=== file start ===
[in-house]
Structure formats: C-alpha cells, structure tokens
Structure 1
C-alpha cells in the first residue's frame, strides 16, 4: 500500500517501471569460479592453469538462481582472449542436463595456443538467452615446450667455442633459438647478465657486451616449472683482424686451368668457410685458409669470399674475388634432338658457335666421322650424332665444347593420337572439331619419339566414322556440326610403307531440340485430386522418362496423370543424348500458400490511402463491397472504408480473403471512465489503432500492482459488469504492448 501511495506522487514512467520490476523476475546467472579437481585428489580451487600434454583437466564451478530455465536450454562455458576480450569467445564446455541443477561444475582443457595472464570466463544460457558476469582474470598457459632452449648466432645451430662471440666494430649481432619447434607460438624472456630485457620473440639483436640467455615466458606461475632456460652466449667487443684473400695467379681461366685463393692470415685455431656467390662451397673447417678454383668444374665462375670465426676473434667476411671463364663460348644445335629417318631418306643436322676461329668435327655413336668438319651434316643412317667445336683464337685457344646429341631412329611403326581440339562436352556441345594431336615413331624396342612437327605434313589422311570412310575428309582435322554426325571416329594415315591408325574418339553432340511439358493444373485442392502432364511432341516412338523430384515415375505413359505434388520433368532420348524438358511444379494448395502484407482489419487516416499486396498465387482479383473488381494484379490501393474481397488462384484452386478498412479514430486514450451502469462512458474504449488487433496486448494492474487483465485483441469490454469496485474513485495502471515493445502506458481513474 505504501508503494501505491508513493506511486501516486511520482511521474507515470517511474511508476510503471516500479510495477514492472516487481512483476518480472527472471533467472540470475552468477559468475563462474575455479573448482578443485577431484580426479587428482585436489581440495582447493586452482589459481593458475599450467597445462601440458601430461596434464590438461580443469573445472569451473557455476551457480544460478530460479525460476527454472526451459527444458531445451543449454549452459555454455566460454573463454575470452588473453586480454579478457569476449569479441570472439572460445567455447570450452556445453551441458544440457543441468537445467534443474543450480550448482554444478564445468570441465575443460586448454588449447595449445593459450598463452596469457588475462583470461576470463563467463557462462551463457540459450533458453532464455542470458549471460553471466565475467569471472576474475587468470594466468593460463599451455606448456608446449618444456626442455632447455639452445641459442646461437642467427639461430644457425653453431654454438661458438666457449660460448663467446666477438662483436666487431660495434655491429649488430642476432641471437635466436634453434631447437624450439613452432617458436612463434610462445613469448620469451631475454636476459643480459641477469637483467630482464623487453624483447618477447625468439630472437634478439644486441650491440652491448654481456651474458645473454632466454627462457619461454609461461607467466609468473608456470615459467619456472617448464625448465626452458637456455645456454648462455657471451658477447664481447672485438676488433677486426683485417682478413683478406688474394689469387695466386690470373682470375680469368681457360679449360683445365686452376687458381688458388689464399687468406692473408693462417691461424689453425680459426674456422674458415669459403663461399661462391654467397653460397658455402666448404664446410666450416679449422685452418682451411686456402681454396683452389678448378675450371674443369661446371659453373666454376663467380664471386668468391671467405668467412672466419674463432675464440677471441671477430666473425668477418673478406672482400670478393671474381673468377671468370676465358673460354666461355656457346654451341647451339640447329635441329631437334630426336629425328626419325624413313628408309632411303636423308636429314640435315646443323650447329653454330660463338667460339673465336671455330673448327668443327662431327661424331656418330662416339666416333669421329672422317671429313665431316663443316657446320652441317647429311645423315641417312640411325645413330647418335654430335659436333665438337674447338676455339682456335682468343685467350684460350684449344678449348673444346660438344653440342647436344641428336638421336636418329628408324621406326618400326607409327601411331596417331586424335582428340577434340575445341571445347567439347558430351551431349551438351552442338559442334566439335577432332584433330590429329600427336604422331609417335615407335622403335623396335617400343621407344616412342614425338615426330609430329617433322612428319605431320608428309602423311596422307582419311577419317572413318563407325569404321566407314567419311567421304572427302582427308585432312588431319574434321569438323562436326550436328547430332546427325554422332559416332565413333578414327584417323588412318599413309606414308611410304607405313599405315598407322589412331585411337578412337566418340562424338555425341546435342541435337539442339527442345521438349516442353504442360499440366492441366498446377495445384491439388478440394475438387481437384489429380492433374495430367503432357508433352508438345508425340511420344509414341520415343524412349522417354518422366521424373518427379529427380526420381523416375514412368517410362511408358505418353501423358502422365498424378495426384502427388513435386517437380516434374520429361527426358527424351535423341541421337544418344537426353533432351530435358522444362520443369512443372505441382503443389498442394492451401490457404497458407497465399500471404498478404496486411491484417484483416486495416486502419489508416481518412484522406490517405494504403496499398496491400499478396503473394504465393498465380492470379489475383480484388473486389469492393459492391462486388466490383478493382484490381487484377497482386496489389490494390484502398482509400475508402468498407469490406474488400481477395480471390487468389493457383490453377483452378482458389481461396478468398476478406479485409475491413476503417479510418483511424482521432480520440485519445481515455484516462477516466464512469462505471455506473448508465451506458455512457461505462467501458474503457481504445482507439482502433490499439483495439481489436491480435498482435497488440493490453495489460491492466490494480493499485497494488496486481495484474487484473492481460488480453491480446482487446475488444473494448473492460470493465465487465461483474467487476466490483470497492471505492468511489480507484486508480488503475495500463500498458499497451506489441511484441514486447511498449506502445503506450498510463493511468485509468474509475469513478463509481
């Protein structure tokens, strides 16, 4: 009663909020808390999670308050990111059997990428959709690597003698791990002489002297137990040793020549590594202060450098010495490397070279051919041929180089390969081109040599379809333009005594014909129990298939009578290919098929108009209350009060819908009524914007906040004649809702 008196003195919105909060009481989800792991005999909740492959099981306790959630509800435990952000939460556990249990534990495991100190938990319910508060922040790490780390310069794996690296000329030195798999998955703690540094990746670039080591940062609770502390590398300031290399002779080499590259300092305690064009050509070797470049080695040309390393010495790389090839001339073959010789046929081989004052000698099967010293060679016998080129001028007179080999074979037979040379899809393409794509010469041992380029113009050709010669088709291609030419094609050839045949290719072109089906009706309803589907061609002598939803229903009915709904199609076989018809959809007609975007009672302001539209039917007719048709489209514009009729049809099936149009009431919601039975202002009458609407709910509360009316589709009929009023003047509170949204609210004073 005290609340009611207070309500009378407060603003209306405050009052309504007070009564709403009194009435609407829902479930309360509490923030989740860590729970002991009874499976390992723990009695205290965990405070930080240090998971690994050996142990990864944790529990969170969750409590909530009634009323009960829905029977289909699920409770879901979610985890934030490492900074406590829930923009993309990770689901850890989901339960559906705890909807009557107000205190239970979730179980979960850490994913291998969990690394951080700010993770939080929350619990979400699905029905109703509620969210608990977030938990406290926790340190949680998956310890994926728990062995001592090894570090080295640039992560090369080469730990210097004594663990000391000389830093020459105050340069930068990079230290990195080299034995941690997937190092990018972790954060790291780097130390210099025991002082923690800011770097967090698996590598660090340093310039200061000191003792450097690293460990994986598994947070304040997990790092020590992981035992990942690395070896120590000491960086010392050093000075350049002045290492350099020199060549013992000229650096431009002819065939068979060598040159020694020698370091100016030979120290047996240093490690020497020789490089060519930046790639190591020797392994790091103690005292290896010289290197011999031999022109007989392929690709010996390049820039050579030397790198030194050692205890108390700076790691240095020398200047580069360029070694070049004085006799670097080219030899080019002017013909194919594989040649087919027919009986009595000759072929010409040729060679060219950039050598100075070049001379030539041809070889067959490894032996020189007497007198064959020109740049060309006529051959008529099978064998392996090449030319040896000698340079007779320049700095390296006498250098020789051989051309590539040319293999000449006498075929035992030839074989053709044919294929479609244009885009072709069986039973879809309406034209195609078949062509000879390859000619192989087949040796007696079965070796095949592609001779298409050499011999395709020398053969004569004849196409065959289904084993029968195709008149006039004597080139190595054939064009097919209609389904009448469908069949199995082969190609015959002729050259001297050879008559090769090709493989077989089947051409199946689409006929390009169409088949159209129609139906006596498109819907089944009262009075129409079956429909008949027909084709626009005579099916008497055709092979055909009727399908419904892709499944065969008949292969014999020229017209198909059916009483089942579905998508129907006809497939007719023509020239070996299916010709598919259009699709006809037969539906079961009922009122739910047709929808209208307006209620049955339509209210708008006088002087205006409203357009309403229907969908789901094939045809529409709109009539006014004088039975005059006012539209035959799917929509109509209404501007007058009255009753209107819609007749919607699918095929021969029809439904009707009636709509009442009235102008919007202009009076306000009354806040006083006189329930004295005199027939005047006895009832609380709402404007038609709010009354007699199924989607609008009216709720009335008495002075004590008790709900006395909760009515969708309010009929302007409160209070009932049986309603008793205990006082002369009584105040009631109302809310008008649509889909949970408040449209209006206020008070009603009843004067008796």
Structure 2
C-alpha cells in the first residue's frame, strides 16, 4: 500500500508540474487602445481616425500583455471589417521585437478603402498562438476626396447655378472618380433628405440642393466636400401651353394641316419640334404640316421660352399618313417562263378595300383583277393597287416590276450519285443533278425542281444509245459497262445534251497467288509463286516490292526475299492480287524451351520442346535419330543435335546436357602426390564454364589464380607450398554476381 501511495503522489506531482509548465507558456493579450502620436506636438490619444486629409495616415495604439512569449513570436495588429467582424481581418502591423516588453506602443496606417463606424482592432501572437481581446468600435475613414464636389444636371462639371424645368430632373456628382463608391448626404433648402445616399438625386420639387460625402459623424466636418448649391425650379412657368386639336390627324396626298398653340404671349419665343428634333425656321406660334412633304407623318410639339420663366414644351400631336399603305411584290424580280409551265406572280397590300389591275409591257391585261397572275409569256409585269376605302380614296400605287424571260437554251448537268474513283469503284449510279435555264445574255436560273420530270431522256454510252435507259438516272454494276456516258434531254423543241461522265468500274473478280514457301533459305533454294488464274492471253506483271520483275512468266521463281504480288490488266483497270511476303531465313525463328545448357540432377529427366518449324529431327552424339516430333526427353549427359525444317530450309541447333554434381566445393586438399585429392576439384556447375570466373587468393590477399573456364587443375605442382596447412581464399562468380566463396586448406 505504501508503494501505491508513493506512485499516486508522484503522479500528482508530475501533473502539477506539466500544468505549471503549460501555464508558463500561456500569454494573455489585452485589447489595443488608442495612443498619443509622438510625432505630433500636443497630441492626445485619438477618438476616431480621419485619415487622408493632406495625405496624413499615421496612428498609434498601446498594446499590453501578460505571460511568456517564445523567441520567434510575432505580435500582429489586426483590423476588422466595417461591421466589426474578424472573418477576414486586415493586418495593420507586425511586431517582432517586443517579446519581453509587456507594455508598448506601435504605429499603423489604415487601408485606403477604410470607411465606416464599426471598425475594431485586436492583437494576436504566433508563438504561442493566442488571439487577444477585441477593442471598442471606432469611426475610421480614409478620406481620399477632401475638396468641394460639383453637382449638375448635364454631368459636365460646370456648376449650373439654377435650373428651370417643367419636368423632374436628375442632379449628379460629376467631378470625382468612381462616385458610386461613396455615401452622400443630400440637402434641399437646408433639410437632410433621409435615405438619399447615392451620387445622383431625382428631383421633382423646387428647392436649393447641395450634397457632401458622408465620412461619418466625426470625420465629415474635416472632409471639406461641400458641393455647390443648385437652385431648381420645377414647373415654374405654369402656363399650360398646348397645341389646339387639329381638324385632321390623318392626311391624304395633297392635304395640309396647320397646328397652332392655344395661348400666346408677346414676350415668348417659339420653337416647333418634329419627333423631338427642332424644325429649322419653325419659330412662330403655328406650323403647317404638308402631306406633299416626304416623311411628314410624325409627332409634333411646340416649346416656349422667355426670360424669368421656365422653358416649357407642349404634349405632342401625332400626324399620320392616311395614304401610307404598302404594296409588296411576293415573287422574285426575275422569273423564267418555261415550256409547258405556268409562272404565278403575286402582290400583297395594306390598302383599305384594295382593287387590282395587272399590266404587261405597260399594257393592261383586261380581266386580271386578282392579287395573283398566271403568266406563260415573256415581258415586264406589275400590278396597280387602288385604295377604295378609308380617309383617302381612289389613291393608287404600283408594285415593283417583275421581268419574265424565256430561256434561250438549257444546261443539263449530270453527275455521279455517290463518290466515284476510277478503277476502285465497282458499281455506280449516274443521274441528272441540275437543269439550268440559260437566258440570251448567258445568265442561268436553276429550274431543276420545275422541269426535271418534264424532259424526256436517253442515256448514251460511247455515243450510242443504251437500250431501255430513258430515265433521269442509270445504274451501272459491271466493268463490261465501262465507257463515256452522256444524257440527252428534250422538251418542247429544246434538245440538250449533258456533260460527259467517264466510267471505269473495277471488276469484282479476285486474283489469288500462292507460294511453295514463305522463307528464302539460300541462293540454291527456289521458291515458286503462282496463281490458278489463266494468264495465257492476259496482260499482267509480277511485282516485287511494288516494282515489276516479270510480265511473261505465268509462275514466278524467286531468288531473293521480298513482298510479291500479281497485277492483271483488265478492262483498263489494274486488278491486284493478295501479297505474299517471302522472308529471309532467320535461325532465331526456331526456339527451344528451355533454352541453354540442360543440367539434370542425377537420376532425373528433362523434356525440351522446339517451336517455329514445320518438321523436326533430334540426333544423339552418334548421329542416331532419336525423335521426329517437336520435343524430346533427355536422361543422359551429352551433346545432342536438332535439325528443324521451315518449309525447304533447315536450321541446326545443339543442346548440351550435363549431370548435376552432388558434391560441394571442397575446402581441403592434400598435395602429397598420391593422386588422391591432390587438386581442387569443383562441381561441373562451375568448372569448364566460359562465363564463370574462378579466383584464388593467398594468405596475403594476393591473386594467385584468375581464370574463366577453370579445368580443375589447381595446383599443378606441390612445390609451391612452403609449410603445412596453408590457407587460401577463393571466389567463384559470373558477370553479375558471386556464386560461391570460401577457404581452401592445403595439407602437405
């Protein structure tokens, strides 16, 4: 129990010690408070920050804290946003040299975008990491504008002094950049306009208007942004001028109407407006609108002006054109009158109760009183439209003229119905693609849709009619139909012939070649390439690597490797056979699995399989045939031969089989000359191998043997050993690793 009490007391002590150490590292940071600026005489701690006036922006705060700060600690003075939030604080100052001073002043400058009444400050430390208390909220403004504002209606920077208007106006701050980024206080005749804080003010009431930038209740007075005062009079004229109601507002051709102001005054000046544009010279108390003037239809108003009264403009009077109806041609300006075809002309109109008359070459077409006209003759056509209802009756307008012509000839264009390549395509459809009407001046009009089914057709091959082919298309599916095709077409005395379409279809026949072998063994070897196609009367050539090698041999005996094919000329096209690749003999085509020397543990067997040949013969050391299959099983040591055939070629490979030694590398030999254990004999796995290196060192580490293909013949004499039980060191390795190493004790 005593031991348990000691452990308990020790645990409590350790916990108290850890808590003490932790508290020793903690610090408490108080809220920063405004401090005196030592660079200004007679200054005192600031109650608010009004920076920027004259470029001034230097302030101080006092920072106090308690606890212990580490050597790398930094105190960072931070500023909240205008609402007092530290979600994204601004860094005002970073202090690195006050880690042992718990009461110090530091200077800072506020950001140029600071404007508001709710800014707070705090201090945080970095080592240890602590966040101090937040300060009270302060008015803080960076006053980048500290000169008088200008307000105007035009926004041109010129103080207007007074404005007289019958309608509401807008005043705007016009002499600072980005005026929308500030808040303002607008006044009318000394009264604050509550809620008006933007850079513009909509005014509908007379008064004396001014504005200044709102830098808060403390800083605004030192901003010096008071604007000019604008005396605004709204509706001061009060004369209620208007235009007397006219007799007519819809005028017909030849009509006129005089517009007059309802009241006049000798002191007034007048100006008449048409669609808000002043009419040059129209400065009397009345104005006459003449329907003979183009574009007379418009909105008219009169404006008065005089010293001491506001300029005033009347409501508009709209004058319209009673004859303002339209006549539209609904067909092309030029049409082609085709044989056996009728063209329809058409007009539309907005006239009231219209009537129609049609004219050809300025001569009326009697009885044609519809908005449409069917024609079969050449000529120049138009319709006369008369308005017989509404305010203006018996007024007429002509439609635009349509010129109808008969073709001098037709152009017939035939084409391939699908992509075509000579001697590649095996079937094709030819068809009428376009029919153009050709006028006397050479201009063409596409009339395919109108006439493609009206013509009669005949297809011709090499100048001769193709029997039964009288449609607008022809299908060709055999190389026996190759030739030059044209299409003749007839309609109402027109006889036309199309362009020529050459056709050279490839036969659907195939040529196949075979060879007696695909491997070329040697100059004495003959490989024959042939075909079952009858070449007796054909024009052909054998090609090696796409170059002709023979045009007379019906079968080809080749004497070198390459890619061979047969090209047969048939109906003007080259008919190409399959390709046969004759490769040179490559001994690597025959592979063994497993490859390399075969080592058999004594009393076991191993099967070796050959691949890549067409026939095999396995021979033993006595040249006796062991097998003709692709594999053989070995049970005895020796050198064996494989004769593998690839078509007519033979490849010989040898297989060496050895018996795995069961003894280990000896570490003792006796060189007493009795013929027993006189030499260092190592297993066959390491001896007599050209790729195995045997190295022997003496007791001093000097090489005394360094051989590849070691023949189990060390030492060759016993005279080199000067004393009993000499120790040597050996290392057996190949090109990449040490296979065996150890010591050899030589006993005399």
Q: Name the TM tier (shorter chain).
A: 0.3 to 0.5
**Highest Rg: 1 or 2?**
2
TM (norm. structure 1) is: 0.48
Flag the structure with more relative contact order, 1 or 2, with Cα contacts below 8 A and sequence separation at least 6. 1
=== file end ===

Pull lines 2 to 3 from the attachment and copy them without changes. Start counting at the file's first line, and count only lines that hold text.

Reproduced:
Structure formats: C-alpha cells, structure tokens
Structure 1